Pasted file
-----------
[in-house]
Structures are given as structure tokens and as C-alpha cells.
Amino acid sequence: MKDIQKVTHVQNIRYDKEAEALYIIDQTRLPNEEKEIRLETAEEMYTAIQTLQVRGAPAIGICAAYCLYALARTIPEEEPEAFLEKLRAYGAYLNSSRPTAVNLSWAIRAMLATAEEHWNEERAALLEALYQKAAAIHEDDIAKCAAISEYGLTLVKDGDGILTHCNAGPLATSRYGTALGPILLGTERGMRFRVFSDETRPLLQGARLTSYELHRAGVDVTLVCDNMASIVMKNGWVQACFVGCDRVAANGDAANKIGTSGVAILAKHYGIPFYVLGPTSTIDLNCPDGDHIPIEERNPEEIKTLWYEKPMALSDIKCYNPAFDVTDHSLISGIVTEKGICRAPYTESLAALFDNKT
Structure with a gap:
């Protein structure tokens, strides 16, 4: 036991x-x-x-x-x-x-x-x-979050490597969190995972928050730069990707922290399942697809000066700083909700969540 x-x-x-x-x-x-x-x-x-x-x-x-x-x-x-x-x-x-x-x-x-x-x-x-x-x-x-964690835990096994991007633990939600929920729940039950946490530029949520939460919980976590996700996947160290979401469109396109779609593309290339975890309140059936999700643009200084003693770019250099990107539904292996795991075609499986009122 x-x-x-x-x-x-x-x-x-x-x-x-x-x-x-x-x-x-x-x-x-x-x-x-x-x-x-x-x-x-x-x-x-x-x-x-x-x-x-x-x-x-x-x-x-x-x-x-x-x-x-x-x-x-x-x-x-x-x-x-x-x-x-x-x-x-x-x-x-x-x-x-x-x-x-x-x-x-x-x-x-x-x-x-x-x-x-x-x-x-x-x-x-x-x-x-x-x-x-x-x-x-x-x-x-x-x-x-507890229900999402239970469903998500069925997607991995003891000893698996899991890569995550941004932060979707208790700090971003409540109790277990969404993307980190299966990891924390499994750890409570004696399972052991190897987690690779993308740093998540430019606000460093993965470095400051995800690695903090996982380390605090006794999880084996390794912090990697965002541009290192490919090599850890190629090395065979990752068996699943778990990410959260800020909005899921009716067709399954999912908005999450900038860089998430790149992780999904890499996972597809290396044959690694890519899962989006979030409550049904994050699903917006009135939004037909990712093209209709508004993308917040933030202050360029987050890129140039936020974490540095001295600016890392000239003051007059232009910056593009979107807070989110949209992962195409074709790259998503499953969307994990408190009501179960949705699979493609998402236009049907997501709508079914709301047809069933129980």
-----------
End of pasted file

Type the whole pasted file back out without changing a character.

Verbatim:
[in-house]
Structures are given as structure tokens and as C-alpha cells.
Amino acid sequence: MKDIQKVTHVQNIRYDKEAEALYIIDQTRLPNEEKEIRLETAEEMYTAIQTLQVRGAPAIGICAAYCLYALARTIPEEEPEAFLEKLRAYGAYLNSSRPTAVNLSWAIRAMLATAEEHWNEERAALLEALYQKAAAIHEDDIAKCAAISEYGLTLVKDGDGILTHCNAGPLATSRYGTALGPILLGTERGMRFRVFSDETRPLLQGARLTSYELHRAGVDVTLVCDNMASIVMKNGWVQACFVGCDRVAANGDAANKIGTSGVAILAKHYGIPFYVLGPTSTIDLNCPDGDHIPIEERNPEEIKTLWYEKPMALSDIKCYNPAFDVTDHSLISGIVTEKGICRAPYTESLAALFDNKT
Structure with a gap:
């Protein structure tokens, strides 16, 4: 036991x-x-x-x-x-x-x-x-979050490597969190995972928050730069990707922290399942697809000066700083909700969540 x-x-x-x-x-x-x-x-x-x-x-x-x-x-x-x-x-x-x-x-x-x-x-x-x-x-x-964690835990096994991007633990939600929920729940039950946490530029949520939460919980976590996700996947160290979401469109396109779609593309290339975890309140059936999700643009200084003693770019250099990107539904292996795991075609499986009122 x-x-x-x-x-x-x-x-x-x-x-x-x-x-x-x-x-x-x-x-x-x-x-x-x-x-x-x-x-x-x-x-x-x-x-x-x-x-x-x-x-x-x-x-x-x-x-x-x-x-x-x-x-x-x-x-x-x-x-x-x-x-x-x-x-x-x-x-x-x-x-x-x-x-x-x-x-x-x-x-x-x-x-x-x-x-x-x-x-x-x-x-x-x-x-x-x-x-x-x-x-x-x-x-x-x-x-x-507890229900999402239970469903998500069925997607991995003891000893698996899991890569995550941004932060979707208790700090971003409540109790277990969404993307980190299966990891924390499994750890409570004696399972052991190897987690690779993308740093998540430019606000460093993965470095400051995800690695903090996982380390605090006794999880084996390794912090990697965002541009290192490919090599850890190629090395065979990752068996699943778990990410959260800020909005899921009716067709399954999912908005999450900038860089998430790149992780999904890499996972597809290396044959690694890519899962989006979030409550049904994050699903917006009135939004037909990712093209209709508004993308917040933030202050360029987050890129140039936020974490540095001295600016890392000239003051007059232009910056593009979107807070989110949209992962195409074709790259998503499953969307994990408190009501179960949705699979493609998402236009049907997501709508079914709301047809069933129980």